Employers’ Replies to Racial Names
“Job applicants with white names needed to send about 10 resumes to get one callback; those with African-American names needed to send around 15 resumes to get one callback.”
A job applicant with a name that sounds like it might belong to an African-American – say, Lakisha Washington or Jamal Jones – can find it harder to get a job. Despite laws against discrimination, affirmative action, a degree of employer enlightenment, and the desire by some businesses to enhance profits by hiring those most qualified regardless of race, African-Americans are twice as likely as whites to be unemployed and they earn nearly 25 percent less when they are employed.
Now a “field experiment” by NBER Faculty Research Fellows Marianne Bertrand and Sendhil Mullainathan measures this discrimination in a novel way. In response to help-wanted ads in Chicago and Boston newspapers, they sent resumes with either African-American- or white-sounding names and then measured the number of callbacks each resume received for interviews. Thus, they experimentally manipulated perception of race via the name on the resume. Half of the applicants were assigned African-American names that are “remarkably common” in the black population, the other half white sounding names, such as Emily Walsh or Greg Baker.
To see how the credentials of job applicants affect discrimination, the authors varied the quality of the resumes they used in response to a given ad. Higher quality applicants were given a little more labor market experience on average and fewer holes in their employment history. They were also portrayed as more likely to have an email address, to have completed some certification degree, to possess foreign language skills, or to have been awarded some honors.
In total, the authors responded to more than 1,300 employment ads in the sales, administrative support, clerical, and customer services job categories, sending out nearly 5,000 resumes. The ads covered a large spectrum of job quality, from cashier work at retail establishments and clerical work in a mailroom to office and sales management positions.
The results indicate large racial differences in callback rates to a phone line with a voice mailbox attached and a message recorded by someone of the appropriate race and gender. Job applicants with white names needed to send about 10 resumes to get one callback; those with African-American names needed to send around 15 resumes to get one callback. This would suggest either employer prejudice or employer perception that race signals lower productivity.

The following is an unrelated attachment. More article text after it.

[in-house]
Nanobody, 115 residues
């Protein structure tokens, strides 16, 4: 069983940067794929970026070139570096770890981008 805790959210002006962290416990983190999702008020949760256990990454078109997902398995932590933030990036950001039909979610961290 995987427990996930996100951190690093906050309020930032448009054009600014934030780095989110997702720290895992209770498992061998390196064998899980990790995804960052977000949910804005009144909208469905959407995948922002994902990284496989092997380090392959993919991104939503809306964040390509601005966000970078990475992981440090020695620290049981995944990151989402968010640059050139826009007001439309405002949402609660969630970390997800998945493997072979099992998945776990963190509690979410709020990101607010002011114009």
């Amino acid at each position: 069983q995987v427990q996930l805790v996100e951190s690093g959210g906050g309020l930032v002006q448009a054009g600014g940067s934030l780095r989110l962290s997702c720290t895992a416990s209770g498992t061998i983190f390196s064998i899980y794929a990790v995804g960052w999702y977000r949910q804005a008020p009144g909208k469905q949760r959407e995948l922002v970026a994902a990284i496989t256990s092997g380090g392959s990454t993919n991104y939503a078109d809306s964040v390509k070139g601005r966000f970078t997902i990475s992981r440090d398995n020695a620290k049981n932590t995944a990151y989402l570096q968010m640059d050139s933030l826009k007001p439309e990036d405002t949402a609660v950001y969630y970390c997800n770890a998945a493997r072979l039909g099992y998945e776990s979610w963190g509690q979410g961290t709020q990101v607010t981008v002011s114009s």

The 50 percent gap in callback rates is statistically very significant, Bertrand and Mullainathan note in Are Emily and Greg More Employable than Lakisha and Jamal? A Field Experiment on Labor Market Discrimination (NBER Working Paper No. 9873). It indicates that a white name yields as many more callbacks as an additional eight years of experience. Race, the authors add, also affects the reward to having a better resume. Whites with higher quality resumes received 30 percent more callbacks than whites with lower quality resumes. But the positive impact of a better resume for those with Africa-American names was much smaller.
“While one may have expected that improved credentials may alleviate employers’ fear that African-American applicants are deficient in some unobservable skills, this is not the case in our data,” the authors write. “Discrimination therefore appears to bite twice, making it harder not only for African-Americans to find a job but also to improve their employability.”
From a policy standpoint, this aspect of the findings suggests that training programs alone may not be enough to alleviate the barriers raised by discrimination, the authors write. “If African-Americans recognize how employers reward their skills, they may be rationally more reluctant than whites to even participate in these programs.”
The experiment, conducted between July 2001 and January 2002, reveals several other aspects of discrimination. If the fictitious resume indicates that the applicant lives in a wealthier, or more educated, or more-white neighborhood, the callback rate rises. Interestingly, this effect does not differ by race. Indeed, if ghettos and bad neighborhoods are particularly stigmatizing for African-Americans, one might have expected them to be helped more than whites by having a “good” address.
Further, discrimination levels are statistically uniform across all the occupation and industry categories covered in the experiment. Federal contractors, sometimes regarded as more severely constrained by affirmative action laws, do not discriminate less. Neither do larger employers, or employers who explicitly state that they are “Equal Opportunity Employer” in their ads.
Another finding is that employers located in more African-American neighborhoods in Chicago are slightly less likely to discriminate. There is also little evidence that social background of applicants – suggested by the names used on resumes – drives the extent of discrimination.
The advantage of their study, the authors note, is that it relies on resumes, not actual people applying for jobs, to test discrimination. A race is randomly assigned to each resume. Any differences in response are due solely to the race manipulation and not to other characteristics of a real person. Also, the study has a large sample size, compared to tests of discrimination with real applicants.
One weakness of the study is that it simply measures callbacks for interviews, not whether an applicant gets the job and what the wage for a successful applicant would be. So the results cannot be translated into hiring rates or earnings. Another problem of the study is that newspaper ads represent only one channel for job search.
— David R. Francis